- The Director then issues the license upon payment of the relevant annual license fees. The fees are US$25,000 per annum for a “Class A” bank and US$15,000 per annum for a “Class B” bank. A US$300 per annum IBC registration fee is also required.
Other Relevant Facts
- The bank must have at least two directors. Both must be natural persons (as opposed to corporate directors) and one must be a resident of St. Lucia. ADCO can help find a suitable candidate for this position.
- The capital for a “Class A” bank is US$1,000,000 and for a “Class B” bank is US$250,000. Only the statutory deposit of US$100,000 must be maintained in cash or certain specified near-cash equivalents. The remainder of the bank’s capital can be contributed in securities, real estate or other assets with a readily determinable value. It is however important to note that liquidity is a key determinant in the granting of a license (the concept being that if a bank has no cash how will it conduct its affairs). We would recommend, subject to the nature of the banking business in which the new institution intends to engage, that no less than 50% of the bank’s capital be contributed either in cash or in readily marketable securities.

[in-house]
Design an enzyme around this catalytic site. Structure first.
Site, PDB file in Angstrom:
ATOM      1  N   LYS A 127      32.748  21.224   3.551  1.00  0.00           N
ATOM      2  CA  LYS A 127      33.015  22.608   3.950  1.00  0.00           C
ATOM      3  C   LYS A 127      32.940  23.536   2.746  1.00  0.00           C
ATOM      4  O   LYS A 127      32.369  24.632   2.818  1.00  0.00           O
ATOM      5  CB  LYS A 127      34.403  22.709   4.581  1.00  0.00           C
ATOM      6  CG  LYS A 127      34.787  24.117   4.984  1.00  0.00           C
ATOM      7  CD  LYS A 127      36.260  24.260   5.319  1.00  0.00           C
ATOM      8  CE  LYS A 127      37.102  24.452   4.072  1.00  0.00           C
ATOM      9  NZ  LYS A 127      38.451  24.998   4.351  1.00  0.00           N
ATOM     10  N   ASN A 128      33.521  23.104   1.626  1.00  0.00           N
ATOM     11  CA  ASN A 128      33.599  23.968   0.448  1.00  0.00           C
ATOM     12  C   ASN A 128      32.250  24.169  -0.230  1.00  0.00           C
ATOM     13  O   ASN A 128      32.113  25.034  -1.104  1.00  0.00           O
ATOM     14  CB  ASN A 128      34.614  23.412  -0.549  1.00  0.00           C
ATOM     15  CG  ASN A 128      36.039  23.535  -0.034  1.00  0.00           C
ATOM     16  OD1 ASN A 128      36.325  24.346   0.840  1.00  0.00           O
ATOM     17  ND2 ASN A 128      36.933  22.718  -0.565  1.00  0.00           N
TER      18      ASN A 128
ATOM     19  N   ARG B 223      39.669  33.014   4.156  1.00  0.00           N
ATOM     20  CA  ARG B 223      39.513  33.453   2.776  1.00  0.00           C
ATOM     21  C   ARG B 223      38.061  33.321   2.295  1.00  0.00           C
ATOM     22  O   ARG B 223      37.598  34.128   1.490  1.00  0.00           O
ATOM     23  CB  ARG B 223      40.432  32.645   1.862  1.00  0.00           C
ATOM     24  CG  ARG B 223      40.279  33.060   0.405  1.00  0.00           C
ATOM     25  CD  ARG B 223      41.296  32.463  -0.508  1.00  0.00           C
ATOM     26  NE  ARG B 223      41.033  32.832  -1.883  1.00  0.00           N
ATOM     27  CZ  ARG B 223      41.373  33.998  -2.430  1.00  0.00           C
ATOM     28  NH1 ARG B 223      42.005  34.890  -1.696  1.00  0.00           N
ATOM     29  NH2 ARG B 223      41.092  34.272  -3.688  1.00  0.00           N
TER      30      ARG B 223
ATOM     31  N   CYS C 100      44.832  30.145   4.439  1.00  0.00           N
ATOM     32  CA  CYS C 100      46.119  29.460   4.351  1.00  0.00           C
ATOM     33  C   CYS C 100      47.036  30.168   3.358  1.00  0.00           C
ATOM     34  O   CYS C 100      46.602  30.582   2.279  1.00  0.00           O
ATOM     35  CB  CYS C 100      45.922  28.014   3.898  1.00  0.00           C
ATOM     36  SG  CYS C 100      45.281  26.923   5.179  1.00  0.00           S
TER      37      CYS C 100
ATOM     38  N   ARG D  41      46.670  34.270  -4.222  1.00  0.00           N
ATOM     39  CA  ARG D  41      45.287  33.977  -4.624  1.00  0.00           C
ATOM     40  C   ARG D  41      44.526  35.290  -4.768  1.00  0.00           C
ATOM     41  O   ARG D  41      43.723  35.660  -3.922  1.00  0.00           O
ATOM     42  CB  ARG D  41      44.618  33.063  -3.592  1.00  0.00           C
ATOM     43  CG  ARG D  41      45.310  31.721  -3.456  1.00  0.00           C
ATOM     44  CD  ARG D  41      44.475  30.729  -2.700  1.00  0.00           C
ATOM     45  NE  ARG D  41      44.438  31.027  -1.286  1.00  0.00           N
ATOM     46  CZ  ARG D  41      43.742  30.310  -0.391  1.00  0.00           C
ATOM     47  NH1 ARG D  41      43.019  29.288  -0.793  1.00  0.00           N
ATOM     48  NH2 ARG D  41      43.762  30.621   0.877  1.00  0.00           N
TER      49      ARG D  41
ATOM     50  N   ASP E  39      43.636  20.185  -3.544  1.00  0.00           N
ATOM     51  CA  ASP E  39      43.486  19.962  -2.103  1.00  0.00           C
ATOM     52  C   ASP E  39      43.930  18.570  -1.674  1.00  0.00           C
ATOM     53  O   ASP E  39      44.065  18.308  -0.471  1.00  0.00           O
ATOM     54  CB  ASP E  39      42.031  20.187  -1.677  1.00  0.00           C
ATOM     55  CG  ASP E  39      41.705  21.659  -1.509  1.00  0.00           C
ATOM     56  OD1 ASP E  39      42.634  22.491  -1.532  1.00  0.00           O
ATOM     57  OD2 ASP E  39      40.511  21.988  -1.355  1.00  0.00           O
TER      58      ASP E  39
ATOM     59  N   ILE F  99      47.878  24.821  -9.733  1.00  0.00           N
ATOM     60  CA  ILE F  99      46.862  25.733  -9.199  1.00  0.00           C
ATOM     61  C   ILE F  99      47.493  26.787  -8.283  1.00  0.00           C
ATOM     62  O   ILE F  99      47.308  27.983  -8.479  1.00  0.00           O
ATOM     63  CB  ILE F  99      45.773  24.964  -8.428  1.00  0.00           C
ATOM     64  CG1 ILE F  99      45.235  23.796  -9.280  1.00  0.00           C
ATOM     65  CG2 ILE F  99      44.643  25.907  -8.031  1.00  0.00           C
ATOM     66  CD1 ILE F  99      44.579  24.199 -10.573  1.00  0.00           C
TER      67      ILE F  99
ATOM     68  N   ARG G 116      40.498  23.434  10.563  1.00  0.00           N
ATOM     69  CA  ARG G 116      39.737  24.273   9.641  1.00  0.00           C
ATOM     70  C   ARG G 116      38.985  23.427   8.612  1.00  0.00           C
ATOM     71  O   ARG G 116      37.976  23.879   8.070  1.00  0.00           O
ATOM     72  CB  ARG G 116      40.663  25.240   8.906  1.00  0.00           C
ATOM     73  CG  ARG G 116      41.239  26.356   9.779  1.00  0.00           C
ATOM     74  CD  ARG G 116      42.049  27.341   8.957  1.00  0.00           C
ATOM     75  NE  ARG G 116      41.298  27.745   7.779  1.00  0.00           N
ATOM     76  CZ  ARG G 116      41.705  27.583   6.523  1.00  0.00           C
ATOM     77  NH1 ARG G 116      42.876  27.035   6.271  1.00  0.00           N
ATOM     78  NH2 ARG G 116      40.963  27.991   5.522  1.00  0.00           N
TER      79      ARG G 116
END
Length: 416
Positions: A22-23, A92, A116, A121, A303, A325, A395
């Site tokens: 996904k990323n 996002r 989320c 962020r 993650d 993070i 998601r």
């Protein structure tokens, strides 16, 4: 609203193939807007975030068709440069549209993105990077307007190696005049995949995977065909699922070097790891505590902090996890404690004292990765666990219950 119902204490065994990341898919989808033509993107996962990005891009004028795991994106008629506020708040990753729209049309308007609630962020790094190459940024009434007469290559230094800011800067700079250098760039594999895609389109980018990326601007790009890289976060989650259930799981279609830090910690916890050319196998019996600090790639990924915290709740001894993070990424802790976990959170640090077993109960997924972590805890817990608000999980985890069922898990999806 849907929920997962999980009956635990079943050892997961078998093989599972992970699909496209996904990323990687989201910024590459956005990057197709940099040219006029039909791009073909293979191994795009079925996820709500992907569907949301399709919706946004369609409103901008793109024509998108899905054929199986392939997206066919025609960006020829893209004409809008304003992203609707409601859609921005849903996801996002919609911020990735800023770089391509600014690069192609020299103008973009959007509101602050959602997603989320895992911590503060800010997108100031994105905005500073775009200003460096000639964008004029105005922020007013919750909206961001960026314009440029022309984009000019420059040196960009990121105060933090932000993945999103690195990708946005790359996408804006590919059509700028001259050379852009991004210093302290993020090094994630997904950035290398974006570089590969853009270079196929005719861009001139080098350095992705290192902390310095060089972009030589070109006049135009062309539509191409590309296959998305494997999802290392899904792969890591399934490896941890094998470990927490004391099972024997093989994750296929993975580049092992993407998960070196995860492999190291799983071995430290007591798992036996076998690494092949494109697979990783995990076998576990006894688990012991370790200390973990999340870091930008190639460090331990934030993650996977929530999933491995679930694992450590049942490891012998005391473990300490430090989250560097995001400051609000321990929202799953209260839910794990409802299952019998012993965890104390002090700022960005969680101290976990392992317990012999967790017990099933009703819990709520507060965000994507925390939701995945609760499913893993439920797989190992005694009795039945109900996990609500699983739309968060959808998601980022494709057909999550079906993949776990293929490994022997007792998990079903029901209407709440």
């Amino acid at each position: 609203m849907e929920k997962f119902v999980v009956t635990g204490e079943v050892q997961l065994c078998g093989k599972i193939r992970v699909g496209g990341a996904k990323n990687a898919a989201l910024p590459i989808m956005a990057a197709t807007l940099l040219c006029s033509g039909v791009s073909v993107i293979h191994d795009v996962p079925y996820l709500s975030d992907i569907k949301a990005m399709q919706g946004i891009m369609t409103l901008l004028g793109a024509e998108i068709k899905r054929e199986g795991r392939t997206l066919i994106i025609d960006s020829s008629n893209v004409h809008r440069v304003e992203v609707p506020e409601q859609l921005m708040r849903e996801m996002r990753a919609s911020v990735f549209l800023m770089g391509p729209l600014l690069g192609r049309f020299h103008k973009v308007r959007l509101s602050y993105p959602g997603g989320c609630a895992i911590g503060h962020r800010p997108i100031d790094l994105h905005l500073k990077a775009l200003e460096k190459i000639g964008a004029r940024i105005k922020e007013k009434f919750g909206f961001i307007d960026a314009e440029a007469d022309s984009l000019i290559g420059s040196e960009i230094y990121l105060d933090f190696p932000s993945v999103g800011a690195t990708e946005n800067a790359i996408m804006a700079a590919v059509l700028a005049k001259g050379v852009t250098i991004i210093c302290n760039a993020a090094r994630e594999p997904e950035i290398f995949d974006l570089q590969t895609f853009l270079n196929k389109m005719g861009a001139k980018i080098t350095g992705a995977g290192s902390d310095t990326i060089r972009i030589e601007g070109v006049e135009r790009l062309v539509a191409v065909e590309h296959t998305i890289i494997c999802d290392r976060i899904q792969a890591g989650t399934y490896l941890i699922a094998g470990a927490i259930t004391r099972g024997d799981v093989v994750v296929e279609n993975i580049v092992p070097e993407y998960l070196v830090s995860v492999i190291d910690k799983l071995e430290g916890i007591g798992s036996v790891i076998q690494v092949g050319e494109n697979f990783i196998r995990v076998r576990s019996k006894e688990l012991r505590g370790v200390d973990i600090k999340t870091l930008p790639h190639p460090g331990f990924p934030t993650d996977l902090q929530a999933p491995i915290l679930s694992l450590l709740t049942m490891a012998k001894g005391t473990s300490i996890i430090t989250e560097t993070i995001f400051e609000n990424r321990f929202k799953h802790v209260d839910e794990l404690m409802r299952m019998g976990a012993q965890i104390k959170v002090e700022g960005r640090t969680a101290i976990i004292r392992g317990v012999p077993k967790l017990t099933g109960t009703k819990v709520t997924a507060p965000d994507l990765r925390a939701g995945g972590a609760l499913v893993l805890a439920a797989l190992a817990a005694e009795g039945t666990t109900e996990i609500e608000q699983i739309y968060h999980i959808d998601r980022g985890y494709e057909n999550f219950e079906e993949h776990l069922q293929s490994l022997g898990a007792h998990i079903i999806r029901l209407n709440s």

- The bank may be subject to review by the Director’s office at any time, however the only required filing is submission of the annual audited financial statements, due within three months of the bank’s year-end.
- St. Lucia recognizes the need for confidentiality in business affairs. To this end, the country’s IBC Registrar only maintains a copy of the bank’s license and a copy of its Memorandum and Articles of Association. The shareholders and directors are known only to ADCO and to the Director. Both ADCO and the Director are required by law, under threat of severe fines and penalties, to keep confidential all information obtained whether it be during the incorporation process, ongoing bank management or a Director’s examination.
Professional fees are a mixture of set charges for certain functions and time-based billings for other situations. Please contact us to discuss your requirements and allow us to prepare a fee quote for your unique needs.
We hope that you have found this information to be helpful in providing the basics of International Bank formation. Please do not hesitate to contact us if we can be of further assistance. We look forward to working with you.